CARBO ANIMALIS PURIFICATUS (U. S. P.), Purified animal charcoal.—"Animal charcoal in No. 60 powder, one hundred grammes (100 Gm.) [3 ozs. av., 231 grs.]; hydrochloric acid, three hundred grammes (300 Gm.) [10 ozs. av., 255 grs.]; boiling water, a sufficient quantity. Introduce the animal charcoal into a capacious flask, add two hundred grammes (200 Gm.) [7 ozs. av., 24 grs.], of hydrochloric acid, and one hundred cubic centimeters (100 Cc.) [3 fl℥, 183♏], of boiling water, and connect the flask with an upright condenser. By means of a sand bath keep the mixture gently boiling during 8 hours. Then add five hundred cubic centimeters (500 Cc.) [16 fl℥, 435♏] of boiling water, transfer the mixture to a muslin strainer, and when the liquid has run off, return the charcoal to the flask. Add to it one hundred cubic centimeters (100 Cc.) [3 fl℥, 183♏] each, of hydrochloric acid and of boiling water, boil for 2 hours; again add five hundred cubic centimeters (500 Cc.) [16 fl℥, 435♏] of boiling water, transfer the whole to a plain filter, and when the liquid has run off, wash the residue with boiling water, until the washings give only a faint cloudiness with silver nitrate test solution. Dry the powder in a drying oven, and immediately transfer it to well-stoppered vials"—(U. S. P.).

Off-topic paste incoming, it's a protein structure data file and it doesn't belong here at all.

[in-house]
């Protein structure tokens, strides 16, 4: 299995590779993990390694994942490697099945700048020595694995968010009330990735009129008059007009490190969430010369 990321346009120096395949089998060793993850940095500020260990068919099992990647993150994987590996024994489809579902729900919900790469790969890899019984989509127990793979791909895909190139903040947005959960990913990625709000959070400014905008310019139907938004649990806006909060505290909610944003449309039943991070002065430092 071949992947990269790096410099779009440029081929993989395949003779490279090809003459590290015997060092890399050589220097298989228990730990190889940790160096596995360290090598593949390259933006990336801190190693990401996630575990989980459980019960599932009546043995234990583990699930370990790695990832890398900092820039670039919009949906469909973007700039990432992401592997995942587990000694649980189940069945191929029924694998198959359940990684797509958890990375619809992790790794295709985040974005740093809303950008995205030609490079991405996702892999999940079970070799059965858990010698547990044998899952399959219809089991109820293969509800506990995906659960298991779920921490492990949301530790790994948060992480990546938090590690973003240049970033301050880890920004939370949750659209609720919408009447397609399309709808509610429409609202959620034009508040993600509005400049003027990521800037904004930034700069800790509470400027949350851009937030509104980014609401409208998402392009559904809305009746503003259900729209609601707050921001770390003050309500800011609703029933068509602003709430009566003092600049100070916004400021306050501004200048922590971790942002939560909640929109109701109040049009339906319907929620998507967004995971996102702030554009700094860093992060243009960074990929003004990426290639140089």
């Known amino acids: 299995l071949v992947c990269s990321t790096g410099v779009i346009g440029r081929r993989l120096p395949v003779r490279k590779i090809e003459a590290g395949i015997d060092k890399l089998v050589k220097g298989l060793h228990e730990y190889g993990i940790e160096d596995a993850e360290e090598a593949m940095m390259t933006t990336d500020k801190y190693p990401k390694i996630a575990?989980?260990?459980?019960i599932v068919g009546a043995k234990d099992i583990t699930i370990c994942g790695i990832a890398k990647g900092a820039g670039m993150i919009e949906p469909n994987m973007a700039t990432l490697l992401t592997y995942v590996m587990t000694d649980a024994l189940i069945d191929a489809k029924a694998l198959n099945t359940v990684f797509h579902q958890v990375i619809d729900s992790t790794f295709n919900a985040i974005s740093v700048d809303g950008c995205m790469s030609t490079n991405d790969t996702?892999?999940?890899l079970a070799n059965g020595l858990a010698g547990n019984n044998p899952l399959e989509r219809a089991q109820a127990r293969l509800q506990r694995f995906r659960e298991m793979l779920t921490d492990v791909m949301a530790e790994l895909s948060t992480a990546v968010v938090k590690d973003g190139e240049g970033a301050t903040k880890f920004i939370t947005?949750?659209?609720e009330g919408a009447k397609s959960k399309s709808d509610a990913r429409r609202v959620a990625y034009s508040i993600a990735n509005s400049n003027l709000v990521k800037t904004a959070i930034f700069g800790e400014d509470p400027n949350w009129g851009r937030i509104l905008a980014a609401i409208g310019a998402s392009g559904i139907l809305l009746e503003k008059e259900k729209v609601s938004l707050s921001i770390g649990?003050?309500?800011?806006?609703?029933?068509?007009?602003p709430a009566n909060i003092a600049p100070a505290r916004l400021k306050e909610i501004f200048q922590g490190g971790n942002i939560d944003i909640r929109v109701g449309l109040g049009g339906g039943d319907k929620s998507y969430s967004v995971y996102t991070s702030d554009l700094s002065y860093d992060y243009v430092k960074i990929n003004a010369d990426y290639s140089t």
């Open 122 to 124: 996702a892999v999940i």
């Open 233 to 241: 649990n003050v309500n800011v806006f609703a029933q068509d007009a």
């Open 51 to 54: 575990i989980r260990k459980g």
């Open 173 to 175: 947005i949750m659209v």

Description and Tests.—I. CARBO ANIMALIS (U. S. P.), Animal charcoal.—According to the Pharmacopoeia, carbo animalis should be in "dull black, granular fragments, or a dull-black powder, odorless, nearly tasteless, and insoluble in water or alcohol. When ignited, it leaves a grayish or yellowish-white ash, amounting to about 85 per cent of the original weight of the portion taken, which should have been previously dried at 120° to 125° C. (248° to 257° F.), to a constant weight. The ash should be soluble in hydrochloric acid with the aid of heat, leaving not more than a trifling residue. If 1 Gm. of animal charcoal be boiled for several minutes, with a mixture of 3 Cc. of potassium hydrate T.S. and 5 Cc. of water, the filtrate should be colorless or nearly so (evidence of complete carbonization)"—(U. S. P.).